Chester is king. I'm going to consider this "won."
       
A search of text in the game file suggests that you are supposed to make it to the exit and that when you arrive, the ghost of the Evil One appears to vow revenge just before the entire dungeon collapses. Back in town, the Kwantulaursians proclaim you their king, throw a party, and end the game with a toast to your health. However, the game notes ominously that there is an "unwelcome guest" within the crowd.
       
Aside from the riddles, which were fun and occasionally challenging, it's a fairly basic game, but I'm not going to criticize something that a 10th-grader created as freeware. It earns a 17 on my GIMLET, doing best in "encounters" and "gameplay" (both 3s), the latter primarily for its moderate difficulty and length. Four dungeon levels is an ideal size for a game of limited content. It gets hurt in its lack of NPCs and economy. The monster graphics are worth a note. Although clearly the product of an amateur designer, they have a certain goofy earnestness about them, and it's hard not to be a little fond of them.
               
He certainly looks evil.
        
I wrote to Dr. Feldman to ask him a few questions about the game, and he was kind enough to supply his original notes, maps, and code, which he said I was welcome to share, so feel free to download and review it. I can interpret a little, but I'm not sure I see anything that would have been triggered by the final encounters and changes the layout of the dungeon.
    
Feldman started creating a Quest for Kings II the following year but never finished it. It somehow got out, and some sites offer it for download, but all you can do is create a party and look at the backstory. It would have been a more ambitious game, with a four-character party composed of the standard D&D races, classes, and attributes, except for a race called "Teddy" where you would expect to see a hobbit. The party is expected to stop the return of an evil archmage named Kamazol, once slain but now returned as a lich, but first they have to free themselves from a local jail. Many of the plot elements and mechanics made their way to Feldman's The Search for Freedom (1994) for DOS, which he finished around the end of his last year in high school. Feldman still sells Search as shareware on his web site; I look forward to playing it eventually. It promises to blend Ultima-style world exploration with Pool of Radiance-style combat.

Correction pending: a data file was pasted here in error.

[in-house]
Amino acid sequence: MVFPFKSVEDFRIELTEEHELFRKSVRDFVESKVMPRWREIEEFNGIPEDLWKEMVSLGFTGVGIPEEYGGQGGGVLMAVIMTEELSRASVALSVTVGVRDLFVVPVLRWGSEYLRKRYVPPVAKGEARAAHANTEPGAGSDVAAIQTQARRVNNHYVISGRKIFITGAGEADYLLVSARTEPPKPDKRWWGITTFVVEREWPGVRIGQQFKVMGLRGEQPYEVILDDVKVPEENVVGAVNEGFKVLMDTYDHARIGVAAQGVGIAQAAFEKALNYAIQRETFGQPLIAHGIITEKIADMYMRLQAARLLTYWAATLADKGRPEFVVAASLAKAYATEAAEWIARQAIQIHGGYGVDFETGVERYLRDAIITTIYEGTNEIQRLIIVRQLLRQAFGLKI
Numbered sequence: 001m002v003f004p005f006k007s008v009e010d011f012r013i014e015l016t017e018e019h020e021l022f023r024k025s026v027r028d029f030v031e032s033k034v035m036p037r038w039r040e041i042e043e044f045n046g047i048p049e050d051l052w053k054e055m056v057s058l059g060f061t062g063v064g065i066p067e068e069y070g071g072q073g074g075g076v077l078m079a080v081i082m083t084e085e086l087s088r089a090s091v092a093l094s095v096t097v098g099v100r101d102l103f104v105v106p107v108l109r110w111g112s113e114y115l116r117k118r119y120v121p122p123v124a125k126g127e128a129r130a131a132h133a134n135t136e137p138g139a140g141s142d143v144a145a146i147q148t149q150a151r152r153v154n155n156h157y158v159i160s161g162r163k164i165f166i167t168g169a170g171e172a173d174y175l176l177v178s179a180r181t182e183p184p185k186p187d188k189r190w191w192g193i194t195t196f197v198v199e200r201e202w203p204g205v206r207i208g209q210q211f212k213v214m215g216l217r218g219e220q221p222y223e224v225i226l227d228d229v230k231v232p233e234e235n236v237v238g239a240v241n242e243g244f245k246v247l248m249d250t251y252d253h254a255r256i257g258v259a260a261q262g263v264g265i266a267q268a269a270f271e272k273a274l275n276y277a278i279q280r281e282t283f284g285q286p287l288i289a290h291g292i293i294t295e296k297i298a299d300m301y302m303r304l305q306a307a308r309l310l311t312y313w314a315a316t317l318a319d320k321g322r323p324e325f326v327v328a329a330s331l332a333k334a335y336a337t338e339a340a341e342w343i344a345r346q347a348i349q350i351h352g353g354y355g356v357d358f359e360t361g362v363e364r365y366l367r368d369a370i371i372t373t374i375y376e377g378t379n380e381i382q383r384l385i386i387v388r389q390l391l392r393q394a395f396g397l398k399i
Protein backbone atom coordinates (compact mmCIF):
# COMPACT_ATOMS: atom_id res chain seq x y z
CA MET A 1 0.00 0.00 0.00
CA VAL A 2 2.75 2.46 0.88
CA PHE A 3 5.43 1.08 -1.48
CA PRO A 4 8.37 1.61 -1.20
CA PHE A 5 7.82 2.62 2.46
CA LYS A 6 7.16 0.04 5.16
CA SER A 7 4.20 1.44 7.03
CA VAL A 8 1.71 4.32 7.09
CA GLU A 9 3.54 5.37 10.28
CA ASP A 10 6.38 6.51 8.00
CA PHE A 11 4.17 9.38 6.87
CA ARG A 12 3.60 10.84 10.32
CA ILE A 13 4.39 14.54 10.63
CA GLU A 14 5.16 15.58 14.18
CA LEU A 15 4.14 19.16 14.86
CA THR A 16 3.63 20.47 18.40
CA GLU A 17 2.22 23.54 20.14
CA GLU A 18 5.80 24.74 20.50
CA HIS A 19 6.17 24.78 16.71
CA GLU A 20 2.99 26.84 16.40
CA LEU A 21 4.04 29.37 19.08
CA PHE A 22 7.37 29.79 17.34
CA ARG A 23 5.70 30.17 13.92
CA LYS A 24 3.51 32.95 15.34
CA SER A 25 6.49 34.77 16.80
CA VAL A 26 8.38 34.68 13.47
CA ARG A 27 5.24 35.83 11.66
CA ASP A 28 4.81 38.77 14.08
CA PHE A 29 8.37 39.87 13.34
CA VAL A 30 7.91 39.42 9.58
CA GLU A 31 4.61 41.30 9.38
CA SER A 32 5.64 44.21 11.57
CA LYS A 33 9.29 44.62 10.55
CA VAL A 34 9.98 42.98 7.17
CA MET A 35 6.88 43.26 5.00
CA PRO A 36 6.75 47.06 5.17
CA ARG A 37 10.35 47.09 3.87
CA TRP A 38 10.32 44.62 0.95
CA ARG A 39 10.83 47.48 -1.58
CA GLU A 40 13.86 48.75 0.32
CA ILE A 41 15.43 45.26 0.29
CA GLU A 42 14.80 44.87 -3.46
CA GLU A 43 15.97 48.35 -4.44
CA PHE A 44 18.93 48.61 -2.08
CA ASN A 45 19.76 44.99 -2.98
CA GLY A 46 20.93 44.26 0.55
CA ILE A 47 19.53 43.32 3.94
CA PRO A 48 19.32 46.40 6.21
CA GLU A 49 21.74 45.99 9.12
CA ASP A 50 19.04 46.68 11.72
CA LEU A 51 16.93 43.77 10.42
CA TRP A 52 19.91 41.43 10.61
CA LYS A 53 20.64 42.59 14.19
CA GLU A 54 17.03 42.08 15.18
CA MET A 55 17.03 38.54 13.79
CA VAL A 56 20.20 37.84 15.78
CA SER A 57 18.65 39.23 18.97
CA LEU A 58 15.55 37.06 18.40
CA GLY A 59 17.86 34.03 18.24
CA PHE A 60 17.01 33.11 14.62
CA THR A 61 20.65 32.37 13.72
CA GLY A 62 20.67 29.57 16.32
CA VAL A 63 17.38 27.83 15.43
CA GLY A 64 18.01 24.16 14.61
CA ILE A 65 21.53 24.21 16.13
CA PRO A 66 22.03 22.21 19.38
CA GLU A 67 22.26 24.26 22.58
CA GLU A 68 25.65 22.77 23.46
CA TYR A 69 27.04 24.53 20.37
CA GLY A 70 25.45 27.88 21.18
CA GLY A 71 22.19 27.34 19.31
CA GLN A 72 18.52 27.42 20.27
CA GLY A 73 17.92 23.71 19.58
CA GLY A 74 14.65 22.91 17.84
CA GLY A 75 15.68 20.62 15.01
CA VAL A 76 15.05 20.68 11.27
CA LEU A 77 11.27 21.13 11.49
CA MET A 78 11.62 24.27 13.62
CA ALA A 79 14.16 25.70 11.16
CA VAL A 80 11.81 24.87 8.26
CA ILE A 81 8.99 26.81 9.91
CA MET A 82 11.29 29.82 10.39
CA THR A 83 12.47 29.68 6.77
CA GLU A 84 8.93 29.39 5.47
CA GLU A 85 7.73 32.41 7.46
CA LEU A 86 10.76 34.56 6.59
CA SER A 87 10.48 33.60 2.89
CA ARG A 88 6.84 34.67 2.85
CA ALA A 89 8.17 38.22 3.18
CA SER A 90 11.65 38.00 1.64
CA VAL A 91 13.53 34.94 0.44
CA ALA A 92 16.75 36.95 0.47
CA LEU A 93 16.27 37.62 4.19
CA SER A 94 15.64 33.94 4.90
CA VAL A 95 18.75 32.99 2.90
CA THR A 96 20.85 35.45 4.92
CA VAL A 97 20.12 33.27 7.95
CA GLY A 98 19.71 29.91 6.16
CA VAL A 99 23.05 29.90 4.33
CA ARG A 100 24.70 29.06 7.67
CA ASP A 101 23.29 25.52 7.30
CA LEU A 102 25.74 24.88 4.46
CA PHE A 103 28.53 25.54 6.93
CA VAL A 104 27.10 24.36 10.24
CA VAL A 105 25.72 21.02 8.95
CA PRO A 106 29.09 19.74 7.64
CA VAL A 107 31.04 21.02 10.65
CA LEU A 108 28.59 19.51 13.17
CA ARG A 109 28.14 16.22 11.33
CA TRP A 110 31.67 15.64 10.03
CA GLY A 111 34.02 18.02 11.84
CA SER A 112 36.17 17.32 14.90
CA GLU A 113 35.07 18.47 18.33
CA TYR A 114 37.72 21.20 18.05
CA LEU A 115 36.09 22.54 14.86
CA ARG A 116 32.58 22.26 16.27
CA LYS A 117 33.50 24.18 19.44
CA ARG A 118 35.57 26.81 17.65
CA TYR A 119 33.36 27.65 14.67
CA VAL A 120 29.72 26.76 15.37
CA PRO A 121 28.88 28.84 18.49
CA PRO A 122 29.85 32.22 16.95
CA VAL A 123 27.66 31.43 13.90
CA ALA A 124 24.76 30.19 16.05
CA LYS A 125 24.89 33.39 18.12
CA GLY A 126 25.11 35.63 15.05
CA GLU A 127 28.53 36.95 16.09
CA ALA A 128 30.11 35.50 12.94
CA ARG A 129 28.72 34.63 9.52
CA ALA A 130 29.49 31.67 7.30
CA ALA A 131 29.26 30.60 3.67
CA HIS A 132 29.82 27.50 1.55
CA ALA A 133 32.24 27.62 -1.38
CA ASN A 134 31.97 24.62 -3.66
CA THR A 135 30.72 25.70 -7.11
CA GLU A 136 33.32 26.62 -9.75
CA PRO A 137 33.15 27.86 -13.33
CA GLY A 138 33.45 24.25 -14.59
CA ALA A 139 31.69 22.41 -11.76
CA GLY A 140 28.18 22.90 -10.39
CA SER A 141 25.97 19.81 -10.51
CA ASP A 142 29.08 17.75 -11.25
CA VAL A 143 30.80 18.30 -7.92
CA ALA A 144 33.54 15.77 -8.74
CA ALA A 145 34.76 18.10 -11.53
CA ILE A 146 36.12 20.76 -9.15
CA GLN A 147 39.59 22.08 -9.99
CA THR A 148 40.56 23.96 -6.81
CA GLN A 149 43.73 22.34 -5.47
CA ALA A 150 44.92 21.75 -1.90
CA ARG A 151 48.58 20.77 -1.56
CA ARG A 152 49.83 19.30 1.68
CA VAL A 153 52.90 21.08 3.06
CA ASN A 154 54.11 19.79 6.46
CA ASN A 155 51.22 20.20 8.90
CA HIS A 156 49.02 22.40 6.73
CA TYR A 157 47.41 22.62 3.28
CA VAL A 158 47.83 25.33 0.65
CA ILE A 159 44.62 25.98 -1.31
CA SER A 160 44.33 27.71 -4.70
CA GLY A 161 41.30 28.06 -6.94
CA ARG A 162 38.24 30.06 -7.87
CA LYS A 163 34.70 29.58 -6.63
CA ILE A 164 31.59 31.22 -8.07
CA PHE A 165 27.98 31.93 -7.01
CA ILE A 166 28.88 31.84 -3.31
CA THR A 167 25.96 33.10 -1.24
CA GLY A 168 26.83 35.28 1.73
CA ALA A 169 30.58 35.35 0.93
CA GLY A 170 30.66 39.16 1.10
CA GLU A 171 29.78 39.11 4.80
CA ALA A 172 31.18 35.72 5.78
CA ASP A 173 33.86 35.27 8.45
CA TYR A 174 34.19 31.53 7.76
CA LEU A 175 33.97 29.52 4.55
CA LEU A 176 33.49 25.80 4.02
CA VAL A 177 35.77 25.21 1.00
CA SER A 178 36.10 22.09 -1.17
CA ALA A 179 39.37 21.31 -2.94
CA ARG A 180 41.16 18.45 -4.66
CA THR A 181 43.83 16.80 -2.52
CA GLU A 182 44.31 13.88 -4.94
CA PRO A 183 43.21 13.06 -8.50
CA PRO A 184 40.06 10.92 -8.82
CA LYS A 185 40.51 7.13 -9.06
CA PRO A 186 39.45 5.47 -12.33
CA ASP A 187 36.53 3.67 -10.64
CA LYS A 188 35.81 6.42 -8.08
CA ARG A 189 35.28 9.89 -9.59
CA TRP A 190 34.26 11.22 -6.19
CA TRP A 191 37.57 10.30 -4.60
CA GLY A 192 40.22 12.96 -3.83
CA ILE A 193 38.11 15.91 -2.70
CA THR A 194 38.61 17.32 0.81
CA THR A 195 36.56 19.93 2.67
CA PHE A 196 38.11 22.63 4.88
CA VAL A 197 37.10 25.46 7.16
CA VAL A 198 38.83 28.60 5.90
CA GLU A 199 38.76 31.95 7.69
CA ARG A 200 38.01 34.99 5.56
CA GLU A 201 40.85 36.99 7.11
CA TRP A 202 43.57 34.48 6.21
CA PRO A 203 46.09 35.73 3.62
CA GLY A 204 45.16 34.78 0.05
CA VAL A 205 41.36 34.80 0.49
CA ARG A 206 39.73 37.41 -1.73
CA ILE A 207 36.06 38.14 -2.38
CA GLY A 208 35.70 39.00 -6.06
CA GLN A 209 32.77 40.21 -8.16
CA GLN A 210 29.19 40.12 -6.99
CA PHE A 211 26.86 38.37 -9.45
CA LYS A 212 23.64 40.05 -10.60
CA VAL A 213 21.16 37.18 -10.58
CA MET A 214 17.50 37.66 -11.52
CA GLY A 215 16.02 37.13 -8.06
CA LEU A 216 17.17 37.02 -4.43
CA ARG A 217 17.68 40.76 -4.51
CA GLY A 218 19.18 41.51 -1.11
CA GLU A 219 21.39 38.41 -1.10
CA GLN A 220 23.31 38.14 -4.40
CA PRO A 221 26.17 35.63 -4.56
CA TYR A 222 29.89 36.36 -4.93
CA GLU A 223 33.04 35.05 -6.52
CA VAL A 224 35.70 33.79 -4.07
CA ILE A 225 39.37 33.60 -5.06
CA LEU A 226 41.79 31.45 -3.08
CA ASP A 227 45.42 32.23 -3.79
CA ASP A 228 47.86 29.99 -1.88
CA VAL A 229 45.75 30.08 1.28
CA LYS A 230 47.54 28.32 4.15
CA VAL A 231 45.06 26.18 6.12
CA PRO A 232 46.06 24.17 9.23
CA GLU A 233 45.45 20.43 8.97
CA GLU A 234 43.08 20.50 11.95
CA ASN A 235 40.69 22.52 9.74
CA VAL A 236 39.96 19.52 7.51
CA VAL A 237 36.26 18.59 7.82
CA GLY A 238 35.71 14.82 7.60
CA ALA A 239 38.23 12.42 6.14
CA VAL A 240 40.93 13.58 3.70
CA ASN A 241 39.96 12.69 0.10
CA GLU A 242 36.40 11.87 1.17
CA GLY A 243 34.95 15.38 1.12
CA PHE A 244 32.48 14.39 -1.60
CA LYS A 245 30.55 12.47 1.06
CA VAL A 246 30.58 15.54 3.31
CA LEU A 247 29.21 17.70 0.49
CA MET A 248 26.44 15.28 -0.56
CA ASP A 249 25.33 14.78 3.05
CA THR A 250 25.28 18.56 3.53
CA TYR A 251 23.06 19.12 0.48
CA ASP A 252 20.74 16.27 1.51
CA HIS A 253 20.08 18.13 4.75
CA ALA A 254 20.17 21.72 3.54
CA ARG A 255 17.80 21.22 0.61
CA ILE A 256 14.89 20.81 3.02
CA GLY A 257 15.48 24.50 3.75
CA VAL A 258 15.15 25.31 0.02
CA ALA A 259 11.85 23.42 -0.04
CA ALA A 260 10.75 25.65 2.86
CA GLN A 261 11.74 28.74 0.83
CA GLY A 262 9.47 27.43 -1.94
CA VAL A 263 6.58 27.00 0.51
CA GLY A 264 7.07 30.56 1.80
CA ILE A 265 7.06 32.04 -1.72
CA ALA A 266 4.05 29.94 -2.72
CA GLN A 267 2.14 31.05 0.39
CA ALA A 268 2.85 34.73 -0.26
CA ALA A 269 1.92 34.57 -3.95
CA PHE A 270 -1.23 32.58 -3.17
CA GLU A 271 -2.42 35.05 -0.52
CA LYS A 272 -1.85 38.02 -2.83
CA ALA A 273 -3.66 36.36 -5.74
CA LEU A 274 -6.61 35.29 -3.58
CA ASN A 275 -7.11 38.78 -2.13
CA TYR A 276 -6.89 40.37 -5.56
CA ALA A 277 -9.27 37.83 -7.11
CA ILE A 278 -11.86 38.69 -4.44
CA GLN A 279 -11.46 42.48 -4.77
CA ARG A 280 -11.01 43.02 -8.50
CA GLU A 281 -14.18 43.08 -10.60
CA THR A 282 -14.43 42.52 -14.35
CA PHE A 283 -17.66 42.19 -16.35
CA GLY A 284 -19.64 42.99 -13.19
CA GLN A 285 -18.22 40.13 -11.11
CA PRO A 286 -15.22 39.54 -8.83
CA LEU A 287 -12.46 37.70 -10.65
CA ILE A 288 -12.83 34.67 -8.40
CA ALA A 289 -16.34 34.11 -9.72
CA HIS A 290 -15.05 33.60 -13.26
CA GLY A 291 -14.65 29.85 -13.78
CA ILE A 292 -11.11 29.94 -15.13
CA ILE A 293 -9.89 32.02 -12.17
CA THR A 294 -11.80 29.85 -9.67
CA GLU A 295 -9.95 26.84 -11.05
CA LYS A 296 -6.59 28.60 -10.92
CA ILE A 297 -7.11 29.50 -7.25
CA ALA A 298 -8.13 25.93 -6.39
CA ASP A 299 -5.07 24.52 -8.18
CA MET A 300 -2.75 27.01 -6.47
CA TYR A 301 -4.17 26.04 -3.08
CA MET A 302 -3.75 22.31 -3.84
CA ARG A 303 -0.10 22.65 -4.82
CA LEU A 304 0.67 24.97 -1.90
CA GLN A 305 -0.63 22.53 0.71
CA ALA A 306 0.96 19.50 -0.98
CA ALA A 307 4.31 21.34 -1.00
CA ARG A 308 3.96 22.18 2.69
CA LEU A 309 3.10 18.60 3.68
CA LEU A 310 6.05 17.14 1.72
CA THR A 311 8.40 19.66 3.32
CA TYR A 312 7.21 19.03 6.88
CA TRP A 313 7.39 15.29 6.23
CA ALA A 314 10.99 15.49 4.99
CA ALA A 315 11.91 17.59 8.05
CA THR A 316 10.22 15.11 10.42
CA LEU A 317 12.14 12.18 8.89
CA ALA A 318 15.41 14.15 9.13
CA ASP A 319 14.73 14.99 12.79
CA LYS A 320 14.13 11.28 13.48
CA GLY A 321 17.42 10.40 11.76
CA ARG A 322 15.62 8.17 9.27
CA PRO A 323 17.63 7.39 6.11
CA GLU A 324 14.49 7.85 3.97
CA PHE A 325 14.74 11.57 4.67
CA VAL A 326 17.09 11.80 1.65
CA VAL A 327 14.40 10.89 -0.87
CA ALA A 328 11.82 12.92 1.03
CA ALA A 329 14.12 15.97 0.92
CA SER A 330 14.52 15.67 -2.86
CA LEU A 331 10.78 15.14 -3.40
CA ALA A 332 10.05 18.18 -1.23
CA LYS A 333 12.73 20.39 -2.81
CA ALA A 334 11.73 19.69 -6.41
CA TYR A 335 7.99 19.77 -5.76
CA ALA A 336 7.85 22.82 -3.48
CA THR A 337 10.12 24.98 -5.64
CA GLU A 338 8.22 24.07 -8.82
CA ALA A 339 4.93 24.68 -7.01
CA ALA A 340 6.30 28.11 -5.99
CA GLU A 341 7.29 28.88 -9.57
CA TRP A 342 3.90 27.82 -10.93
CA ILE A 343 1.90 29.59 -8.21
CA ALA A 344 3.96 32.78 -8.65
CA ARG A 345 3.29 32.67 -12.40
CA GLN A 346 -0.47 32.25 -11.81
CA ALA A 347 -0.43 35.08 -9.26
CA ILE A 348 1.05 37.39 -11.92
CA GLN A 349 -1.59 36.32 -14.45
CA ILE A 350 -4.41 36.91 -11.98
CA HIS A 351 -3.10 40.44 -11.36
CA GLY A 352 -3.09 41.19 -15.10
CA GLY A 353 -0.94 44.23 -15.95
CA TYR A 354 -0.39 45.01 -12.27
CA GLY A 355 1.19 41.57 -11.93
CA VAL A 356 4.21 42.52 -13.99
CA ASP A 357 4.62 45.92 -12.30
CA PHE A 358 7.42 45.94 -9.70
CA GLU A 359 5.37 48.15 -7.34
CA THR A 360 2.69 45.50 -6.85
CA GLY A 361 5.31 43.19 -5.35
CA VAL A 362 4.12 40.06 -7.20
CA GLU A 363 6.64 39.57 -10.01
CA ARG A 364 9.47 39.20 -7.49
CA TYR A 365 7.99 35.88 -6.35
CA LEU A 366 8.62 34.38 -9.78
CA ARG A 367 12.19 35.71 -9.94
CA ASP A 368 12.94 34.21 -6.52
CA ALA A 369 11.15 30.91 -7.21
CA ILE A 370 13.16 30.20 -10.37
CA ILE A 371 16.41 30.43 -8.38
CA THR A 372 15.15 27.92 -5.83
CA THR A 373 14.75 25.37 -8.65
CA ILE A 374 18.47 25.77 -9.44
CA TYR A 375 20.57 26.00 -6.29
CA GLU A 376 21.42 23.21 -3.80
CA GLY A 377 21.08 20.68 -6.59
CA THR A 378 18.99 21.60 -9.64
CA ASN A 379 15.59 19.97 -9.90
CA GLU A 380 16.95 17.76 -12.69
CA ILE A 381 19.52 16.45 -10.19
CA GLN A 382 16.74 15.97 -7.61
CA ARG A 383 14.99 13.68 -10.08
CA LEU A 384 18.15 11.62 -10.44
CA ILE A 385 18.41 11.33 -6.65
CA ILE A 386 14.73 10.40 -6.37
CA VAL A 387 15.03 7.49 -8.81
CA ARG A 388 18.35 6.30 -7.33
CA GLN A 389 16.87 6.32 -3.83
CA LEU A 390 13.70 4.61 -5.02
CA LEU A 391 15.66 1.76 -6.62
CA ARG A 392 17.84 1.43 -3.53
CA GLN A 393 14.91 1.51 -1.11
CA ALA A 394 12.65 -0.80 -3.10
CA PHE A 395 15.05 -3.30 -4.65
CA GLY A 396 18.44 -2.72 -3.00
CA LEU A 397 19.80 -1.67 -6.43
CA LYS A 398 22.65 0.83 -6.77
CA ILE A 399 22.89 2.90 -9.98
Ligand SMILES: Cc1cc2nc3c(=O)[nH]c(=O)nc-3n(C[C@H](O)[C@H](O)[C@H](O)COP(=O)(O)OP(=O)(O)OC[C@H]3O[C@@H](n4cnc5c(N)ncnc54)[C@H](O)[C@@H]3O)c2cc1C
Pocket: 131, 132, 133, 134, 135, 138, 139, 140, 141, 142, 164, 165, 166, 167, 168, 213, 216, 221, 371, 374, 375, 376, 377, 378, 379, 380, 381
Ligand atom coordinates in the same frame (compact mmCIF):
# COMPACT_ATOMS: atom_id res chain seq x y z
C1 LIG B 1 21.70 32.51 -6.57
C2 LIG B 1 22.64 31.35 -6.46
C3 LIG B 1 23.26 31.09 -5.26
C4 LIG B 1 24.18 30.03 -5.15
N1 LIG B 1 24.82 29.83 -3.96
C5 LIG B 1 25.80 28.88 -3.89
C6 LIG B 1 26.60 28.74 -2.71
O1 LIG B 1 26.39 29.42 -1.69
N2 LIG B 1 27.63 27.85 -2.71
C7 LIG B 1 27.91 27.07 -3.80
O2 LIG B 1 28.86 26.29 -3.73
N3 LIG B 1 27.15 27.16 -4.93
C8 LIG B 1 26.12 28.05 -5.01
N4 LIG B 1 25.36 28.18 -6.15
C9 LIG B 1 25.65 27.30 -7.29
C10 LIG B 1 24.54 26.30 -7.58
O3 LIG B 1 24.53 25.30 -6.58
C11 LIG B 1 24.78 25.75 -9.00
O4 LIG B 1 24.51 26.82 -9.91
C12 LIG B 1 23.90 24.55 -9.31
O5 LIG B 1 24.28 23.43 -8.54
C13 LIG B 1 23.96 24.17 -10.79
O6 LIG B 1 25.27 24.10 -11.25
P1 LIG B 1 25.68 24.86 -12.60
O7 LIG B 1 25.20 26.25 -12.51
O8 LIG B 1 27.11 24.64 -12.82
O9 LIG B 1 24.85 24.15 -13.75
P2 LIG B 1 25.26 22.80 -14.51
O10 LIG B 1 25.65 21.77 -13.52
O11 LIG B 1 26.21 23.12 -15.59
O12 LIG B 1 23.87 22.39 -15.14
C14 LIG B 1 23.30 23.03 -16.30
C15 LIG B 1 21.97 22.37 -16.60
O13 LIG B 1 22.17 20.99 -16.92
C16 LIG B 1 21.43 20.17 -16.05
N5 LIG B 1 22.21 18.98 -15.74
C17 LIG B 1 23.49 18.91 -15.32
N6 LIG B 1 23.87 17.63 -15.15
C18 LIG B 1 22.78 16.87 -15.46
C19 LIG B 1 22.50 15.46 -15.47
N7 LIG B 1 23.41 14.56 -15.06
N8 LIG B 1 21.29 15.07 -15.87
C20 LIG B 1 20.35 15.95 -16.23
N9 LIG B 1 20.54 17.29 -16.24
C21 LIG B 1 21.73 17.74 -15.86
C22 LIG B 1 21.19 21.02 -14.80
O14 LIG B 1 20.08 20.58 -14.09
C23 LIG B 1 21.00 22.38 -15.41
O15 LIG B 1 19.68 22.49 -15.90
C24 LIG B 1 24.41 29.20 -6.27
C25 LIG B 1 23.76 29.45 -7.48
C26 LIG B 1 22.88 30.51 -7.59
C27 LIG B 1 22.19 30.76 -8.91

Wow, he really meant "Teddy."
         
I'll be visiting the Museum less and less in coming years. Although the site has some games that stretch into the mid-1990s, Feldman says that he's generally only interested in titles from 1992 and earlier. This blog would have been a poorer place if not for his images and documentation, and we all owe him a debt of gratitude for his work as an RPG creator and curator.
   
   

63 comments:

  1. Is this a real outside shot of the museum???
    https://mocagh.org/loadpage.php?thelist=1

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    1. That's Frederiksborg Castle in Denmark. It is a museum, but I don't think you'll find computer games there.

      (Fun fact: King Kong is called Kong King in Denmark - because Kong is Danish for king)

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    2. ...but it's cute that you think a scientist can afford this kind of housing :D